GEORGICON - I.1-42WHAT MAKES THE CORNFIELDS GLAD ...
Virgil (P. Vergilius Maro)trans. K. R. Mackenzie
Quid faciat laetas segetes, quo sidere terram
uertere, Maecenas, ulmisque adiungere uitis
conueniat, quae cura boum, qui cultus habendo
sit pecori, apibus quanta experientia parcis,
hinc canere incipiam. uos, o clarissima mundi
lumina, labentem caelo quae ducitis annum;
Liber et alma Ceres, uestro si munere tellus
Chaoniam pingui glandem mutauit arista,
poculaque inuentis Acheloia miscuit uuis;
et uos, agrestum praesentia numina, Fauni
(ferte simul Faunique pedem Dryadesque puellae:
munera uestra cano); tuque o, cui prima frementem
fudit equum magno tellus percussa tridenti,
Neptune; et cultor nemorum, cui pinguia Ceae
ter centum niuei tondent dumeta iuuenci;
ipse nemus linquens patrium saltusque Lycaei
Pan, ouium custos, tua si tibi Maenala curae,
adsis, o Tegeaee, fauens, oleaeque Minerua
inuentrix, uncique puer monstrator aratri,
et teneram ab radice ferens, Siluane, cupressum:
dique deaeque omnes, studium quibus arua tueri,
quique nouas alitis non ullo semine fruges
quique satis largum caelo demittitis imbrem.


tuque adeo, quem mox quae sint habitura deorum
concilia incertum est, urbisne inuisere, Caesar,
terrarumque uelis curam, et te maximus orbis
auctorem frugum tempestatumque potentem
accipiat cingens materna tempora myrto;
an deus immensi uenias maris ac tua nautae
numina sola colant, tibi seruiat ultima Thule,
teque sibi generum Tethys emat omnibus undis;
anne nouum tardis sidus te mensibus addas,
qua locus Erigonen inter Chelasque sequentis
panditur (ipse tibi iam bracchia contrahit ardens
Scorpius et caeli iusta plus parte reliquit);
quidquid eris (nam te nec sperant Tartara regem,
nec tibi regnandi ueniat tam dira cupido,
quamuis Elysios miretur Graecia campos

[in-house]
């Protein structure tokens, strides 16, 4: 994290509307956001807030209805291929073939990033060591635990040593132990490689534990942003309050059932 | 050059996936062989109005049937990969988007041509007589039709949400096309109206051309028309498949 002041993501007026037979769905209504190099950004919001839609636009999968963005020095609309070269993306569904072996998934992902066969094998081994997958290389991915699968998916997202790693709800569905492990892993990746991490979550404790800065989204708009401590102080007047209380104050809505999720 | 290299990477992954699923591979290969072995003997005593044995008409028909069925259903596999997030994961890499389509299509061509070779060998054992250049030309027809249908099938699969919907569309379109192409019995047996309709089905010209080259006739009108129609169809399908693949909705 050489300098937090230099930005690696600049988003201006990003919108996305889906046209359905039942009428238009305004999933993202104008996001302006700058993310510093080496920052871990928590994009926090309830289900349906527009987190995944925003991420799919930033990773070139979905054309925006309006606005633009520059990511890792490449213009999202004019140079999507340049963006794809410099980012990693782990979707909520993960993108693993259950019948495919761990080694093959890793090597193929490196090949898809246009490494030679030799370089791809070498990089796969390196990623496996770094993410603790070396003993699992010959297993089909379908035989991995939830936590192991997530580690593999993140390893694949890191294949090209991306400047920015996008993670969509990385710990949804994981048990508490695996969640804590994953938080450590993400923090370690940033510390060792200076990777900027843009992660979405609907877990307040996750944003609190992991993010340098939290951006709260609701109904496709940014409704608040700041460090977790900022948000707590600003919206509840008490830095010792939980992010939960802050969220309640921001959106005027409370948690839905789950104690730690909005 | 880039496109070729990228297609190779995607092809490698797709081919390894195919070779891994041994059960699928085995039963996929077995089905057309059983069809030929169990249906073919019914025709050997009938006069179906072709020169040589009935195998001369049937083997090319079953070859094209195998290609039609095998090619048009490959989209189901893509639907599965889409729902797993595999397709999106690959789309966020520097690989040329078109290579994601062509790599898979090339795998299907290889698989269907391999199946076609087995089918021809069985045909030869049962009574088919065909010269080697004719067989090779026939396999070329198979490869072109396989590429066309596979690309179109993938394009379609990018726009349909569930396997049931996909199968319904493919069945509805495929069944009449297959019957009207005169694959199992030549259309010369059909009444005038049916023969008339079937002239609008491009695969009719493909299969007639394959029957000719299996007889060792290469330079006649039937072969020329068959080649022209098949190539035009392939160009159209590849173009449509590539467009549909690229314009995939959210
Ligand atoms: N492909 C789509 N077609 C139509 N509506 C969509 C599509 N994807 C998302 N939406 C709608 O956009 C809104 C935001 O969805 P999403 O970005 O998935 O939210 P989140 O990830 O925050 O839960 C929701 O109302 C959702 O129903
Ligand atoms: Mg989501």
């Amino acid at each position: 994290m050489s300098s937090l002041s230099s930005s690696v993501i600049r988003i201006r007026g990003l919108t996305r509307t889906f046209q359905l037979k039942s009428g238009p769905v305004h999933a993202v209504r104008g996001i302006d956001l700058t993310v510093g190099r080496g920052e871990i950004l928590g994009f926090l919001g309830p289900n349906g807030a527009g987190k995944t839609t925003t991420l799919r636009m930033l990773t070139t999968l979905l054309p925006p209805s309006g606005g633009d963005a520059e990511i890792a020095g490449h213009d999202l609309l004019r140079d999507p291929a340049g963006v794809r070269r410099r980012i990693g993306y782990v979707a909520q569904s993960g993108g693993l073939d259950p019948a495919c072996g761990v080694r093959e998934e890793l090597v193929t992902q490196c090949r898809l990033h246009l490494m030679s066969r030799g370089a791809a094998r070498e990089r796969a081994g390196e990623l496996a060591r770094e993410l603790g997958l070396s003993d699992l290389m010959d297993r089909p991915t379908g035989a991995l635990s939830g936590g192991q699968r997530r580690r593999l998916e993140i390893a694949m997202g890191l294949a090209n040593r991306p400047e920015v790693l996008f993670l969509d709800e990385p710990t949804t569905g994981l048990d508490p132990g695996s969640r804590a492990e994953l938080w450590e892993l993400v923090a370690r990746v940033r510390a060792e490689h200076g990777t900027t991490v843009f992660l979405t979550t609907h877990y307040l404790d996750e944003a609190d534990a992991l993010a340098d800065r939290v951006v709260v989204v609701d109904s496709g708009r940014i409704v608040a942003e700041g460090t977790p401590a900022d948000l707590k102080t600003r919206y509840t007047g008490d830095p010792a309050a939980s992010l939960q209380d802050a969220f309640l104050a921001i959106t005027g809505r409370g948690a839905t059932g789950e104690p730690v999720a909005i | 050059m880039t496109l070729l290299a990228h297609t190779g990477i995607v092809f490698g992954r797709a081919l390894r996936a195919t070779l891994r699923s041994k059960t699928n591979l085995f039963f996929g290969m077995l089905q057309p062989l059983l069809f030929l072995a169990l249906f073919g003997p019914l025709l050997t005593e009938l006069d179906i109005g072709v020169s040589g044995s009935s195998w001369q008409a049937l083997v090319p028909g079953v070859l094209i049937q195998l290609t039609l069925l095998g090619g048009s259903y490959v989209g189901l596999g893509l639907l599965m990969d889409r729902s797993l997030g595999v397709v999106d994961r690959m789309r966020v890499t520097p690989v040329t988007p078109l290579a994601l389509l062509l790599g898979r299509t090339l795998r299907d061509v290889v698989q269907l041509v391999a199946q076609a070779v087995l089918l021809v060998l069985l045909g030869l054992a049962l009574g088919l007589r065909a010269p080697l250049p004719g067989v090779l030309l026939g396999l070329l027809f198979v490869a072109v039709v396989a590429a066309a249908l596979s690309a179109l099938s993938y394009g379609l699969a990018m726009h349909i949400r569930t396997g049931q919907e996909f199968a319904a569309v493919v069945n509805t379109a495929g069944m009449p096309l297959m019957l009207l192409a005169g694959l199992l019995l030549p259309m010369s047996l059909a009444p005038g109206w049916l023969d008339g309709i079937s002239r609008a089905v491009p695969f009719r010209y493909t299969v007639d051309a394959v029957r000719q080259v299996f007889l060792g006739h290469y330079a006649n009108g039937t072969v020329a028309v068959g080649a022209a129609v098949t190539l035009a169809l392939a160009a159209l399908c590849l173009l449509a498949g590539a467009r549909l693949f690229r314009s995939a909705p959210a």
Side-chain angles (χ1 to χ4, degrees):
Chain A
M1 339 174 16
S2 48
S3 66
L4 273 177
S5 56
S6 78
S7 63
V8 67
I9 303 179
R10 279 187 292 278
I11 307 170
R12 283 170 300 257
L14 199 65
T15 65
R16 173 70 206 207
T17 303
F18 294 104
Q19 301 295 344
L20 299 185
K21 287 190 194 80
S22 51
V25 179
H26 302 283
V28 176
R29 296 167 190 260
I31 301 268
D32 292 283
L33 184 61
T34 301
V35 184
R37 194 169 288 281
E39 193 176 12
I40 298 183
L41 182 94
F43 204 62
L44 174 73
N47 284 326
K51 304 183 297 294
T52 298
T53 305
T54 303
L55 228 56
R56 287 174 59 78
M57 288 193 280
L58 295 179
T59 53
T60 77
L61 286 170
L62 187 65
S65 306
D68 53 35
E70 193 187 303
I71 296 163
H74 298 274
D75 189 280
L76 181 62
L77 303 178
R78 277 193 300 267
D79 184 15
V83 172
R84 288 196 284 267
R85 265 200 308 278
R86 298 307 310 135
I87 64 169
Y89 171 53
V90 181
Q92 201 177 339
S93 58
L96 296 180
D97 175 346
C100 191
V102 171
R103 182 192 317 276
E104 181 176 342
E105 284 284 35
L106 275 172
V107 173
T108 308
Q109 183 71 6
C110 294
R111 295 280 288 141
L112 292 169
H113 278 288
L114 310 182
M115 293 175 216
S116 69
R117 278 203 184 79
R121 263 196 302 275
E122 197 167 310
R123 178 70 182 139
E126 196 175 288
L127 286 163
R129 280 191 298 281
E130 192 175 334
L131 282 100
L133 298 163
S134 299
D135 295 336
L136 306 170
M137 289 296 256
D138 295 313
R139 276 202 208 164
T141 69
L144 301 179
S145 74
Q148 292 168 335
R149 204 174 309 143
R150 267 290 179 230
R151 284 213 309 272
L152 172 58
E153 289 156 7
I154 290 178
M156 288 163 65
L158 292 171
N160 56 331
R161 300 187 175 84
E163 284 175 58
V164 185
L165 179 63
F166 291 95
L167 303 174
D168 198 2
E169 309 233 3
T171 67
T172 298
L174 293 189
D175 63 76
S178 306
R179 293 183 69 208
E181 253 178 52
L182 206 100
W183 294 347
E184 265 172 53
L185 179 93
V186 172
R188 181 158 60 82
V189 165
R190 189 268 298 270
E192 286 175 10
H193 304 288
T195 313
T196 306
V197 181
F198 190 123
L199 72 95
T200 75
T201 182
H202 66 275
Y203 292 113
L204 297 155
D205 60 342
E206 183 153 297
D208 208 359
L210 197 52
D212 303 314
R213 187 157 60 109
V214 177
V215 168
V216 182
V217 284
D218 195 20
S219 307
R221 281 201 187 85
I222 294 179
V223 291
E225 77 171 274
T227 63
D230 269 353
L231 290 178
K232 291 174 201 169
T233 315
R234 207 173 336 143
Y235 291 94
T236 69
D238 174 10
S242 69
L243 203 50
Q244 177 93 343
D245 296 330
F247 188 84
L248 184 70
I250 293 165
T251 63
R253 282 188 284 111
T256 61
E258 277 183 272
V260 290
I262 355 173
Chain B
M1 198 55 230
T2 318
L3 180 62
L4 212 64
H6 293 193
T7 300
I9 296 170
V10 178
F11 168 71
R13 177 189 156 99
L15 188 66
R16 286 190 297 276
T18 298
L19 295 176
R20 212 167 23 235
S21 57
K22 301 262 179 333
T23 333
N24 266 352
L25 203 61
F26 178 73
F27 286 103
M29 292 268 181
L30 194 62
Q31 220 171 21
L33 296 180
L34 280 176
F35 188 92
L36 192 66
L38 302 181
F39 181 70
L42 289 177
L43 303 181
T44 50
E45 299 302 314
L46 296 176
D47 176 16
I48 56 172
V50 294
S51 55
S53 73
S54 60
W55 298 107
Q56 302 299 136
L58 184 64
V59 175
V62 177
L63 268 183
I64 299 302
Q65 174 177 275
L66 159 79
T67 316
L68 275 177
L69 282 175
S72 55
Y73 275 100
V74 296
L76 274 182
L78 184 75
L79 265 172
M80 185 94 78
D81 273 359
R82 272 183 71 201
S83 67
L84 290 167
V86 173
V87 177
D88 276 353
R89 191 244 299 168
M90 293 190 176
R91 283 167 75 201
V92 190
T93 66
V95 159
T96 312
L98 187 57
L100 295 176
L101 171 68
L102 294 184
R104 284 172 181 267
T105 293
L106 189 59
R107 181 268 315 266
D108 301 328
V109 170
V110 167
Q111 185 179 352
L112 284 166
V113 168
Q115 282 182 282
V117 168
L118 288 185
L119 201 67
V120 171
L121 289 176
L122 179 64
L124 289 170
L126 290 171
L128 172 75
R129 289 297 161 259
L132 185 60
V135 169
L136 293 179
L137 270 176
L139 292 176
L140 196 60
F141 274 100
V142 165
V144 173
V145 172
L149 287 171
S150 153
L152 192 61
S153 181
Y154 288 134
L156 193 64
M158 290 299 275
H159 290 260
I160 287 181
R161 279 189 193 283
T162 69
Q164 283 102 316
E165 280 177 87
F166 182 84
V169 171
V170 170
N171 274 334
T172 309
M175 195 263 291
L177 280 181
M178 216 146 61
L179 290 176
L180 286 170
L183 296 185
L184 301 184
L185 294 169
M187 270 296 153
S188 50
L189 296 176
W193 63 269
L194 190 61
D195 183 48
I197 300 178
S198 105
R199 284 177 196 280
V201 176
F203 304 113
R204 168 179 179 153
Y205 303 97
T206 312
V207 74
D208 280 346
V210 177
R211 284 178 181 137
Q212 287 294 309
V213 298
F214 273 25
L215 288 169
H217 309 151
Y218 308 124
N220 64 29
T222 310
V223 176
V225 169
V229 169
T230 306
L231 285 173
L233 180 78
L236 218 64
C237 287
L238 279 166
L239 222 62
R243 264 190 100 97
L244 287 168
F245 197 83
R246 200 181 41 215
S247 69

nec repetita sequi curet Proserpina matrem),
da facilem cursum atque audacibus adnue coeptis,
ignarosque uiae mecum miseratus agrestis
ingredere et uotis iam nunc adsuesce uocari.
What makes the cornfields glad, beneath what star
To turn the soil or train the vines on elms,
The care of oxen and the shepherd's skill,
The art of keeping thrifty bees - all this,
Maecenas, is my theme. Ye heavenly orbs,
That draw the gliding year across the sky,
And Bacchus and kind Ceres, by whose grace
Dodona's acorns yielded first to grain
And Acheloüs' draughts were mixed with wine;
Ye Fauns, e'er present rustic deities,
(Come dance a measure with the woodland Nymphs) -
Yours are the gifts I sing. And Neptune too,
At whose command earth bore the neighing horse;
And thou, the spirit of the groves, for whom
A thousand snowy steers on Ceos graze;
Thyself too, Pan, the guardian of the flocks,
Come, quit Lycaeus and thy native glades,
And by the love thou hast for Maenalus
Assist my song; and thou, Minerva, come,
Inventress of the olive, and that boy
Who first taught men to use the curving plough;
Silvanus too, with thy young cypress tree;
And every god and goddess of the fields,
That nurse the tender plants unsown by man
And send the generous rain upon the crops.
And most of all, thou, Caesar, whom none knows
What heavenly company shall hereafter claim;
Whether thou choose the cities and the plains,
And all the world receive thee as the god
Of fruitful increase and the seasons' gifts,
Wreathing thy brow with Venus' myrtle crown;
Or whether thou as god of ocean come,
By sailors worshipped far as Thule's isle,
And Tethys gives her daughter for thy bride
With all her waves for dower, or whether thou
Art added to the number of the stars,
Where 'twixt the Virgin and the Scorpion lo!
A space already opens, and his claws
Draw back to leave an ampler share of sky,-
Whatever thou shalt be (let Hell not hope
For thee as king nor thou desire such rule,
Although the Greeks may praise th' Elysian fields,
And Proserpine heeds not her mother's call)
Make smooth my path and bless my bold emprise,
Pity with me the simple country folk,
And even now grow used to hear our prayers!

Click here 1 for another translation of this poem.

Transl. copyright © The Folio Society Ltd. 1969


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